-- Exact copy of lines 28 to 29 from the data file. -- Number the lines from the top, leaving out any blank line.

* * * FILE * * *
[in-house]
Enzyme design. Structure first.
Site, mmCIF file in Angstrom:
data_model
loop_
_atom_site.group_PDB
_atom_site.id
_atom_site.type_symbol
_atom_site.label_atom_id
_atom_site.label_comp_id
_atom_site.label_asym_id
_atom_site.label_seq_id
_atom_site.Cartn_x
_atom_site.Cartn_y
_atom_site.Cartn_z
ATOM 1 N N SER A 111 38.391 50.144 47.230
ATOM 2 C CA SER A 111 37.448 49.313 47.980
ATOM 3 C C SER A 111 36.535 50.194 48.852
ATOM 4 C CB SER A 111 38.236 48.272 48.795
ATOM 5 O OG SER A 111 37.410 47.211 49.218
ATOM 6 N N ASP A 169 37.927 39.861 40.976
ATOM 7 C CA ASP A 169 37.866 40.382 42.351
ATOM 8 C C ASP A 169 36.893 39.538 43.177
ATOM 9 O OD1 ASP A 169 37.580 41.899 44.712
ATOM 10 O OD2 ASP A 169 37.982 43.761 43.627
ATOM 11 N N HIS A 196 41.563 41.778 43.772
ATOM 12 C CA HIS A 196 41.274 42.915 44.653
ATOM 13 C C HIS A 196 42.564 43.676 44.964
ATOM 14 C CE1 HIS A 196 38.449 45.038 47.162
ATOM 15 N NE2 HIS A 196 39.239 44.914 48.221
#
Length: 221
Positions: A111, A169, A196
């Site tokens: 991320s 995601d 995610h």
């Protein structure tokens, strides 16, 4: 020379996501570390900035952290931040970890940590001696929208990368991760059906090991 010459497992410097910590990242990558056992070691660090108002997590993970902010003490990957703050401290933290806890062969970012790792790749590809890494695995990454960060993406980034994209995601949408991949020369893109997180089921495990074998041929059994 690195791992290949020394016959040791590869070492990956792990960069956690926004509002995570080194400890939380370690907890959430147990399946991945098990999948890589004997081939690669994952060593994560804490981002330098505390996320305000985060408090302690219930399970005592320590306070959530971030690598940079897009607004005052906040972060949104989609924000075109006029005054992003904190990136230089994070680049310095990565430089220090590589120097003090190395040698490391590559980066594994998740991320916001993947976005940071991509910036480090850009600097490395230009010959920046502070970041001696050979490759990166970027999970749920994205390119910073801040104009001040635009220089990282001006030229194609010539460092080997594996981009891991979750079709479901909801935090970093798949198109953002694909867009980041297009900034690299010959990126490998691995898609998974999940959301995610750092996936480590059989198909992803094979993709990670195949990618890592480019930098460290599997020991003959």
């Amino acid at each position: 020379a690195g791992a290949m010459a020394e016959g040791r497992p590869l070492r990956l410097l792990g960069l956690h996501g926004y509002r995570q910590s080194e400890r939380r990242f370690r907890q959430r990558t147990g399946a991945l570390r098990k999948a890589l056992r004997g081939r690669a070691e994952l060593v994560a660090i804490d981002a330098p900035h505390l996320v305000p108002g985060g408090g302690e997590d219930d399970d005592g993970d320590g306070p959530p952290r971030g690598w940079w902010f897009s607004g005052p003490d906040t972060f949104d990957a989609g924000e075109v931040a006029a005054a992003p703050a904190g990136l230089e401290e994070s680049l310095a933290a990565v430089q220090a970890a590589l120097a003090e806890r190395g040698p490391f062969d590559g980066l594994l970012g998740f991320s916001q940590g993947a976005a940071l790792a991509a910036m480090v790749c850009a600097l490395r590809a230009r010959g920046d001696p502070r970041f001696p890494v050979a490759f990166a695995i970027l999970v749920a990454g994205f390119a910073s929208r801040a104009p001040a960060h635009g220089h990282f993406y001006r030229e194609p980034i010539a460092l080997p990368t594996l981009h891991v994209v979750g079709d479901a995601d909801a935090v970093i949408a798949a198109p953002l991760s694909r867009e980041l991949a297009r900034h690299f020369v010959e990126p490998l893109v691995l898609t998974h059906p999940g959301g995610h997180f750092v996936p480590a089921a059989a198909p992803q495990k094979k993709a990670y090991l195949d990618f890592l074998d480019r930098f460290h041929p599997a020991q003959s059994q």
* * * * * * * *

ATOM 13 C C HIS A 196 42.564 43.676 44.964
ATOM 14 C CE1 HIS A 196 38.449 45.038 47.162